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Many people are focused on the returns shown on their investment performance statements. Yet how much are these getting eroded by inflation, fees and – crucially – taxes. Whilst there is not much you can do about the first as an investor, there are strategies available to help you mitigate the third. In this article, our investment team here at Bure Valley Group offers some ideas on how UK investors can invest tax-efficiently as 2021 gets underway.
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#1 Maximise your ISA
An individual savings account (ISA) is one of the best ways to save and invest tax-efficiently for a UK resident. In 2020-21, you can open one investment ISA per tax year and also commit up to £20,000 across your ISA accounts. The great benefit of committing capital in this “Tax wrapper” is that all capital gains, interest and dividends are free from tax.
The power of an ISA portfolio cannot be underestimated. For instance, suppose you make full use of your annual allowance each year over a 10-year period. At the end, you would have put £200,000 in your ISAs – even setting aside any investment growth – with the chance to generate further growth and income from the pot, free from tax.
You can also withdraw the money at any time – as opposed to a pension, where you must typically wait until the age of 55. However, unlike a pension, your ISA portfolio is not protected from inheritance tax (IHT) upon your death.
#2 Tax-efficient investments
Of course, many investors have more than £20,000 per year which is available to invest. There are, fortunately, other options which UK investors can consider to maximise tax efficiency. For instance, companies which qualify for “EIS status” (i.e. the Enterprise Investment Scheme) can be particularly compelling for investors who are interested in early-stage businesses, who are prepared to take on more investment risk and access opportunities to generate higher returns.
Some of the benefits of EIS for investors include 30% tax relief on the value of your investment. For instance, suppose you invest £10,000 into an EIS-qualified company. In real terms, you will have invested £7,000 – since £3,000 can be claimed back via your self assessment. Moreover, if you hold your EIS shares for at least three years, you can sell them without incurring a capital gains tax charge. Shares held for a minimum of two years are also exempt from future IHT.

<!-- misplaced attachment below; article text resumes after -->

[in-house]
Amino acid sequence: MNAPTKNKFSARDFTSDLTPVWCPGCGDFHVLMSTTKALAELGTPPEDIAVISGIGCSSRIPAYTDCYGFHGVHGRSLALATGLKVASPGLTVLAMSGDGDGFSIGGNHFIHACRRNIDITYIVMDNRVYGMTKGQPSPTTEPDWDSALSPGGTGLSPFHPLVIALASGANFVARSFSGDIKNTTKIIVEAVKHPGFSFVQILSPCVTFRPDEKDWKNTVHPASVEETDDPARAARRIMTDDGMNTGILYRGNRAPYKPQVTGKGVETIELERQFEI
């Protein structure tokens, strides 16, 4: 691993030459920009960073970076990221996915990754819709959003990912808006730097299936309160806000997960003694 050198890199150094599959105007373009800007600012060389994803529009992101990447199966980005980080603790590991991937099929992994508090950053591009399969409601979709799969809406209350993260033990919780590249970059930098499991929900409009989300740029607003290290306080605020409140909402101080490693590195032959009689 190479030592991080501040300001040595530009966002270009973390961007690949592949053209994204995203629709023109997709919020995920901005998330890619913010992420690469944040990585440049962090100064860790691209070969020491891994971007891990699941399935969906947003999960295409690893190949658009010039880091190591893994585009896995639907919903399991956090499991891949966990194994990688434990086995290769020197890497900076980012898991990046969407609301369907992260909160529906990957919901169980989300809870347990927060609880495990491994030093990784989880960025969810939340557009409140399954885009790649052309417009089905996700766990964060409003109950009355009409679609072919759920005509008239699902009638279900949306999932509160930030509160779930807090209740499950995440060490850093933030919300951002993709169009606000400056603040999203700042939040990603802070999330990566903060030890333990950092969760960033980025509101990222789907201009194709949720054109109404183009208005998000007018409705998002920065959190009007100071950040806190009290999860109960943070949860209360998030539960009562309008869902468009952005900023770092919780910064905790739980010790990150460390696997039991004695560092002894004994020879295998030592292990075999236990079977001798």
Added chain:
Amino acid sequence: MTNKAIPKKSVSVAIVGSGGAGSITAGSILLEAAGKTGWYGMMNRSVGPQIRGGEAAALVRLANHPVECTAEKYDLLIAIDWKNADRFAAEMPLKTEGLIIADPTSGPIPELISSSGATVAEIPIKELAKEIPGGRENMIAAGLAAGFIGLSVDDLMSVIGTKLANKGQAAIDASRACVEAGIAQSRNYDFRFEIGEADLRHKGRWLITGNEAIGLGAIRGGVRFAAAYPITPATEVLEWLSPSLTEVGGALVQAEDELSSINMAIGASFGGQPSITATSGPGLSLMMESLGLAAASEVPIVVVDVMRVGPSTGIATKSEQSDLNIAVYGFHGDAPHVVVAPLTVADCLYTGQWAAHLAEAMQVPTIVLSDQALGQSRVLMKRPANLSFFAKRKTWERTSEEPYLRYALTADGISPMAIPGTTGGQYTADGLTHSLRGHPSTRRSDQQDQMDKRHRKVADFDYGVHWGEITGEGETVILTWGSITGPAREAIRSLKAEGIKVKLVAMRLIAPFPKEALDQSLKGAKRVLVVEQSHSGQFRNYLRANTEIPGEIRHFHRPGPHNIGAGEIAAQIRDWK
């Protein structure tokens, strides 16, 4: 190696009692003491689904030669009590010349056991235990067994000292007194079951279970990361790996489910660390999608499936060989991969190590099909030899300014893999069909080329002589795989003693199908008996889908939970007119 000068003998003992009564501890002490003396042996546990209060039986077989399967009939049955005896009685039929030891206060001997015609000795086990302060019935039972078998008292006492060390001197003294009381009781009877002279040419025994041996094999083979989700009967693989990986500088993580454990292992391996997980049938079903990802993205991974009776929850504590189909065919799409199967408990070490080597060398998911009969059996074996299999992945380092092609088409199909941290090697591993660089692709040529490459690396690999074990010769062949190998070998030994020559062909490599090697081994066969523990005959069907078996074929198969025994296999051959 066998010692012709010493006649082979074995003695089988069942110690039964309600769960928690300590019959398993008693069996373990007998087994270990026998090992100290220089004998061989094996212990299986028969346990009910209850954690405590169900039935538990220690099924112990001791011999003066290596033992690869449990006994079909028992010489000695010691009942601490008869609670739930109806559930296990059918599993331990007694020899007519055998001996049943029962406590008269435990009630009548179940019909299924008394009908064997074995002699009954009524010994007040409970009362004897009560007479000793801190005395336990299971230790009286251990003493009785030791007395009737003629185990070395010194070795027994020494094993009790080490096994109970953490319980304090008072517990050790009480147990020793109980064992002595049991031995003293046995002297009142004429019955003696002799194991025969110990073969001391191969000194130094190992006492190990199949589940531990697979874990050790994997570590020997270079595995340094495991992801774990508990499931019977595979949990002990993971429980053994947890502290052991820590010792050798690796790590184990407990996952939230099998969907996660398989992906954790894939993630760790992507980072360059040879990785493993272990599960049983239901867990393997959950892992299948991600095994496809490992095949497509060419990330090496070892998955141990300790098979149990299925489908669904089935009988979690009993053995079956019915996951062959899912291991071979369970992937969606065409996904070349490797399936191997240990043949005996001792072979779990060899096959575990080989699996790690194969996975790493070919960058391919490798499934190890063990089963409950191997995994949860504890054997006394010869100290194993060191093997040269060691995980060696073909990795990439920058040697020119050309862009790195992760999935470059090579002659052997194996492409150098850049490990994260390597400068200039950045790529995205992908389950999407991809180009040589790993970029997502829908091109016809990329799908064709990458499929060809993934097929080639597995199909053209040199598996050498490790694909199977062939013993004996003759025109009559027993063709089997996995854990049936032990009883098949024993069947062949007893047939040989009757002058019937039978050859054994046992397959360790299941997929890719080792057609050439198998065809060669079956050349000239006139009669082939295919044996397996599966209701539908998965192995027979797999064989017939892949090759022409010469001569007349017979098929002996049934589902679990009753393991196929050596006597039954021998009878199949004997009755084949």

Another tax-efficient investment vehicle to consider is the VCT – venture capital trust. Similar to EIS, a VCT offers investors various tax incentives to attract them, but with key differences. For instance, a VCT is, itself, a company listed on a stock exchange which investors put their money into to invest in unlisted companies on their behalf. One benefit of investing in VCTs is that you can access 30% Income Tax credit on investments of up to £200,000 per tax year (provided shares are held for five years). There is also no capital gains tax or tax on dividends.
#3 Making full use of allowances
In 2020-21 there are a host of allowances which allow you to generate income and gains from your investments, tax-free. Once you exceed the respective threshold, however, then you need to pay the tax in question and the allowance is lost at the end of the tax year. As such, it makes sense to make full use of these to maximise tax-efficiency. Some notable ones include:
- Capital gains allowance. At present, you can generate £12,300 in capital gains each tax year before they are taxed. As such, if you are planning to sell some of your investments in the coming years, it might make sense to spread them out across two tax years (if you think the gains will hold and you can afford to wait).
- Dividend allowance. The tax-free dividend allowance in the UK is £2,000 per tax year. If you go over this threshold, then Basic Rate taxpayers pay 7.5% on dividends and those on the Higher Rate pay 32.5%. This is where an investment ISA can be very powerful, since dividends earned within this wrapper are free from dividend tax.
- Personal savings allowance. Each tax year you can generate up to £1,000 in interest (e.g. from cash savings) – after which, the interest is taxed at your rate of Income Tax. Whilst it’s important to have an emergency cash buffer, most investors will be paying a high “opportunity cost” by holding significant capital in cash rather than investing it in other assets which could produce a higher return – whilst benefiting from tax-efficiency (e.g. EIS shares or a VCT).
Conclusion & invitation
Interested in finding out more about the exciting startup projects we have on offer to investors here at Bure Valley Group? Get in touch today to start a conversation with our team and discuss some of the great investment memorandums we have available here:
+44 160 334 0827